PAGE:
What Do These Findings Mean?
These findings identify key interacting barriers to access, delivery, and use of IPTp and ITNs in sub-Saharan Africa and show that these barriers are relatively consistent across countries. Moreover, they suggest that there are fewer barriers to the delivery of ITNs through antenatal clinics than to the delivery of IPTp. Importantly, some of the barriers to IPTp uptake can be resolved in the short term (for example, simplification of country policies and guidance on IPTp might increase its uptake), but barriers to uptake that are entrenched within the overall healthcare system will only be resolved with medium- to long-term strategies that aim to improve the quality of antenatal services and to encourage antenatal clinic use among women. Overall, this analysis provides a checklist of factors that policy-makers involved in national malaria programs may be able to use to help them decide which interventions to prioritize. However, the researchers warn, multi-country studies are nevertheless urgently needed to evaluate targeted or multifaceted interventions designed to increase delivery and uptake of IPTp and ITNs, to reduce the adverse consequences of malaria in pregnancy.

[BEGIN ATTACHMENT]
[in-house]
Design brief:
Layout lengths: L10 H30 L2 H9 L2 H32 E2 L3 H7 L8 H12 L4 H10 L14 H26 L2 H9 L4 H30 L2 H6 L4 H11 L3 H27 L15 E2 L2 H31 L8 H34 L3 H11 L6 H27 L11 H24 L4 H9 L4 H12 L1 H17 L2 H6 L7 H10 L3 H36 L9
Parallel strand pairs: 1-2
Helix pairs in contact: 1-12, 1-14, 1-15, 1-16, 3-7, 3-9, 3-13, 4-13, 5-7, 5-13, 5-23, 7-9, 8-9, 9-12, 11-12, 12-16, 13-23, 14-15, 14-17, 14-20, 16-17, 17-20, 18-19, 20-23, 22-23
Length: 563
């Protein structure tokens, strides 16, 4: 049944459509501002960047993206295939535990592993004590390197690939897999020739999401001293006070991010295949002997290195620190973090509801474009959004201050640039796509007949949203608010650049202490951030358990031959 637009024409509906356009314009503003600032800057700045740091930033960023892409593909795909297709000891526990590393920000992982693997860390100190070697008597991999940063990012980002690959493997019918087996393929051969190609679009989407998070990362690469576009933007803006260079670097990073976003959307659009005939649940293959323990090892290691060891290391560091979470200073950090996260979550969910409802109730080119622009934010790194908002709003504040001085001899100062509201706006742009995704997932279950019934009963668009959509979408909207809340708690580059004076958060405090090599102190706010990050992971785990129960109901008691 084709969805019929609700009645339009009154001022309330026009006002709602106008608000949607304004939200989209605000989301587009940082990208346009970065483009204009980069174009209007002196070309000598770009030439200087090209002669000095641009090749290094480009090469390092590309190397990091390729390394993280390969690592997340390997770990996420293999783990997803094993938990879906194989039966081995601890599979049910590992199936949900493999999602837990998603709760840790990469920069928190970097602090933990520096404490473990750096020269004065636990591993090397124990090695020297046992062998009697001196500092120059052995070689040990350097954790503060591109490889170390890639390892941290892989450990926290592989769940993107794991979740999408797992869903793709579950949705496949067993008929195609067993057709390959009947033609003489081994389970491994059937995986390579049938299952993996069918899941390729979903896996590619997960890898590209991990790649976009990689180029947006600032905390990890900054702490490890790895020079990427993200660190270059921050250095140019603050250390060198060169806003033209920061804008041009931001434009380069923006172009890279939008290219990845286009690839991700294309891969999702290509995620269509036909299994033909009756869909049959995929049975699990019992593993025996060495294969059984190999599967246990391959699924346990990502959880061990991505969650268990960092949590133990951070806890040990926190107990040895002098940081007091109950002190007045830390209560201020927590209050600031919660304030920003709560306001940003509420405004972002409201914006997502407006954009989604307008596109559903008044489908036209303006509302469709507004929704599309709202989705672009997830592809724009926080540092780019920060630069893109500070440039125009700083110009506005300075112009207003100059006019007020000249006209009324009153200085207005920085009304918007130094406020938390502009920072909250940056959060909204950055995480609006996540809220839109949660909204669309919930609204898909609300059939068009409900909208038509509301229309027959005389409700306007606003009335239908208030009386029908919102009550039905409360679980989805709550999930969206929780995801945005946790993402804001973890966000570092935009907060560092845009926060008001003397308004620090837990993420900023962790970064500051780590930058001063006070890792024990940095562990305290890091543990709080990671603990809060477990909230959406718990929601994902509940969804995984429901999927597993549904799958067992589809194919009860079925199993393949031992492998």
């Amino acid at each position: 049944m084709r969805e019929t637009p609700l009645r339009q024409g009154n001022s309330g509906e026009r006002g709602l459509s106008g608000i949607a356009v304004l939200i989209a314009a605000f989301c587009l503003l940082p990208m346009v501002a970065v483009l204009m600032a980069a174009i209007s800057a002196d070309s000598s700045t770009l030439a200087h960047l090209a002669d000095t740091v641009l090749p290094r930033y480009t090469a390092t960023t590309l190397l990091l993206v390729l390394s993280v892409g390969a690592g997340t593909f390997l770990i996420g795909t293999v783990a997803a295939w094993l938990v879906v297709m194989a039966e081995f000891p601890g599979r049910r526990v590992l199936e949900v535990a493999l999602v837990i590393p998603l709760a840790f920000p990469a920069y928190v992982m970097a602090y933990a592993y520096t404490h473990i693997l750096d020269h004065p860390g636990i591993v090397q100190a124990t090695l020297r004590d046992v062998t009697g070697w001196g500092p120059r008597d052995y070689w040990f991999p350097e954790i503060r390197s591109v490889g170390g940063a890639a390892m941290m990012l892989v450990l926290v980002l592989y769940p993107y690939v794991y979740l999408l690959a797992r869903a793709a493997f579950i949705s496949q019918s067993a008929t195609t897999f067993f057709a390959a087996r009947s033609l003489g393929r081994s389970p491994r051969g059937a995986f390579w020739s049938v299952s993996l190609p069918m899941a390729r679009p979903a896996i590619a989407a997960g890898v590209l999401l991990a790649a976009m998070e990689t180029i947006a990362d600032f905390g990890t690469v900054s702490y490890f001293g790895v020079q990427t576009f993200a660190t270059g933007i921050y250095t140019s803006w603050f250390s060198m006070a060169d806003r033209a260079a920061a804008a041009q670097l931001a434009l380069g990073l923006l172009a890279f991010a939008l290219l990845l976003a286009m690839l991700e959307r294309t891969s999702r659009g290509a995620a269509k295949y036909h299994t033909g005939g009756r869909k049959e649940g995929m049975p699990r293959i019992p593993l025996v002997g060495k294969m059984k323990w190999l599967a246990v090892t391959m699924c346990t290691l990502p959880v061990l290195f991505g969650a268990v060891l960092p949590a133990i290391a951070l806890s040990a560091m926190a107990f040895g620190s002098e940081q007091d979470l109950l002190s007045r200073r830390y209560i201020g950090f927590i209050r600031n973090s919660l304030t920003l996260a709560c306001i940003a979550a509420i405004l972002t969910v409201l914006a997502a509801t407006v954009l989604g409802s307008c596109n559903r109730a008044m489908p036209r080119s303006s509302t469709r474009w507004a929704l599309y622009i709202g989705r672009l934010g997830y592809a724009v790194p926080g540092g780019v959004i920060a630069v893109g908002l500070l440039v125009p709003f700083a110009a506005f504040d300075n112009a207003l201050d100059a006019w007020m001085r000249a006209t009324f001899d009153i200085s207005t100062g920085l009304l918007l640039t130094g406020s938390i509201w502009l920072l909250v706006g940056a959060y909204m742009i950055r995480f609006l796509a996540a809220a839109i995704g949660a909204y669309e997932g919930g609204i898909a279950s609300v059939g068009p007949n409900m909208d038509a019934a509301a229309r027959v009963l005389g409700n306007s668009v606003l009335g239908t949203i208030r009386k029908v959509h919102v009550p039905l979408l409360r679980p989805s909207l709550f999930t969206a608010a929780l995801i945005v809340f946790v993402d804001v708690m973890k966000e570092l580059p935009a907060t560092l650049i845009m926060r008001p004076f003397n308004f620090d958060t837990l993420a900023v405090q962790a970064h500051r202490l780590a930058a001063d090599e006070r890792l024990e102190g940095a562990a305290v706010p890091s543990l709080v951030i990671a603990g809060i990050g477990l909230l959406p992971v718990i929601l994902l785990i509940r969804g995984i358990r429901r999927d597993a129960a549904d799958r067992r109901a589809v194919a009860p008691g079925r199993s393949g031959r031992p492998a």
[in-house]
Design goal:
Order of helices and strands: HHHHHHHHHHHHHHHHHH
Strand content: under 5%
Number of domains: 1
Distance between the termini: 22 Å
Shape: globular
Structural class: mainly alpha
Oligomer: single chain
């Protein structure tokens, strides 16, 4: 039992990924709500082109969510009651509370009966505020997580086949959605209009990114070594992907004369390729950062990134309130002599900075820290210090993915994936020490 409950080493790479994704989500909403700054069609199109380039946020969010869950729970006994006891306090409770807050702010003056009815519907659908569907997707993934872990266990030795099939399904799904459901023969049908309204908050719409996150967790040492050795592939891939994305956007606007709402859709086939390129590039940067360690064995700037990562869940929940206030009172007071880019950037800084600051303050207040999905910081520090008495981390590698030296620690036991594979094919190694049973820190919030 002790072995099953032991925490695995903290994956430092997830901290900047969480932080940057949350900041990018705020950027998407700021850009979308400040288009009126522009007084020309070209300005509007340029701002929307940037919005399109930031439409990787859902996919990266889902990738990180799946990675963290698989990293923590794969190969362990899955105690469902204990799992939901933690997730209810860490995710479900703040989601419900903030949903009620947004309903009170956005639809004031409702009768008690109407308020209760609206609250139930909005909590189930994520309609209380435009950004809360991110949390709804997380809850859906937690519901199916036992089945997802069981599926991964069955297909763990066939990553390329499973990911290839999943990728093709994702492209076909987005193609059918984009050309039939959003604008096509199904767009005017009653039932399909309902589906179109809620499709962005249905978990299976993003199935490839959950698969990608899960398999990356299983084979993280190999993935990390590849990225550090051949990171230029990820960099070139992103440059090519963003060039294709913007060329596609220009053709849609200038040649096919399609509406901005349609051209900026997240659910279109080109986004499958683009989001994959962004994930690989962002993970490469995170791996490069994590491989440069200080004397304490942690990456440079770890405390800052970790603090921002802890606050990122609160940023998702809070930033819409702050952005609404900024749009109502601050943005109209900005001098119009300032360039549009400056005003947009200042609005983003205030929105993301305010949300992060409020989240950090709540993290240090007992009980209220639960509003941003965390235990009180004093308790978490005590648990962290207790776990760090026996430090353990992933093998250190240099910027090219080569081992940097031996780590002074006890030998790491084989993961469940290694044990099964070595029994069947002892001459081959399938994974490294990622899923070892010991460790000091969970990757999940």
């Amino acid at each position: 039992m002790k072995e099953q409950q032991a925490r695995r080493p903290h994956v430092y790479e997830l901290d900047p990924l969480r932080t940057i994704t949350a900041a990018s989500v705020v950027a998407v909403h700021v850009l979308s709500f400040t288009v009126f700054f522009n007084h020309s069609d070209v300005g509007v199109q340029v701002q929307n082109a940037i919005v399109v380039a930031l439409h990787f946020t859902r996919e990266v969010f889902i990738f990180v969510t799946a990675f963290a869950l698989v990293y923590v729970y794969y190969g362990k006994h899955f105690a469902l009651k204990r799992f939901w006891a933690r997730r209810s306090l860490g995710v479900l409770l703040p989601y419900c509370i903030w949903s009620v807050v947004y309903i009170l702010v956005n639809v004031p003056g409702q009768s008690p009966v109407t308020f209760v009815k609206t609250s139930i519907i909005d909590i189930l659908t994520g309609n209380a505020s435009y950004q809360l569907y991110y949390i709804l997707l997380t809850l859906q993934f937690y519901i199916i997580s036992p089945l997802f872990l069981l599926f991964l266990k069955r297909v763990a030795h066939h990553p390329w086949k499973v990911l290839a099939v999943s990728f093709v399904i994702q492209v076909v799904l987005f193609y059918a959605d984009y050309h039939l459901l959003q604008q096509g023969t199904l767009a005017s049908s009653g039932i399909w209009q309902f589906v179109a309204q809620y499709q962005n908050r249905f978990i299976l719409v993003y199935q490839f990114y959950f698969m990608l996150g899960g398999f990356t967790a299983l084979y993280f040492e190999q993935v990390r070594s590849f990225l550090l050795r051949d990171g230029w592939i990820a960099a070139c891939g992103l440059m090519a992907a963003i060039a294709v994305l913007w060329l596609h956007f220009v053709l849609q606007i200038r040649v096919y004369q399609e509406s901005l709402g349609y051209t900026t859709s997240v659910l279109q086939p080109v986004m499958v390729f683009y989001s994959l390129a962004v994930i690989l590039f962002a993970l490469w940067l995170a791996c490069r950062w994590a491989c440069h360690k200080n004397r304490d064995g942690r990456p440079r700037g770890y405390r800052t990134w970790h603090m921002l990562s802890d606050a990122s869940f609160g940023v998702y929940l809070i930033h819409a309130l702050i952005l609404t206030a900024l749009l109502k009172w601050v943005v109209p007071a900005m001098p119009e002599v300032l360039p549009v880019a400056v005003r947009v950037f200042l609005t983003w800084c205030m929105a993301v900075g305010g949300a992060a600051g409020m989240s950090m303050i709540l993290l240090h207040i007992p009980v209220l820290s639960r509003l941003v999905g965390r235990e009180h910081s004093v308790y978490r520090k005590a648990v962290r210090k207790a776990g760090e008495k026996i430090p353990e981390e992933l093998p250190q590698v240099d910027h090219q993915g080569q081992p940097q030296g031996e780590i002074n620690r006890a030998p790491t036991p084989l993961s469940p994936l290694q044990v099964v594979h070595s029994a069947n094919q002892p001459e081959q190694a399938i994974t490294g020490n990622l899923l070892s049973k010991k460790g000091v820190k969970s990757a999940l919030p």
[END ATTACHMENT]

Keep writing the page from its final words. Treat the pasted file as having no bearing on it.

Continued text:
Additional Information
Please access these websites via the online version of this summary at http://dx.doi.org/10.1371/journal.pmed.1001488.
Information is available from the World Health Organization on malaria (in several languages) and on IPTp; the World Malaria Report 2012 provides details of the current global malaria situation
The US Centers for Disease Control and Prevention also provides information on malaria and on IPTp; a personal story about malaria in pregnancy is available
Information is available from the Roll Back Malaria Partnership on all aspects of global malaria control, including information on malaria in pregnancy
The Malaria in Pregnancy Consortium is undertaking research into the prevention and treatment of malaria in pregnancy
MedlinePlus provides links to additional information on malaria (in English and Spanish)
doi:10.1371/journal.pmed.1001488
PMCID: PMC3720261  PMID: 23935459
16.  The Demise of Oregon’s Medically Needy Program: Effects of Losing Prescription Drug Coverage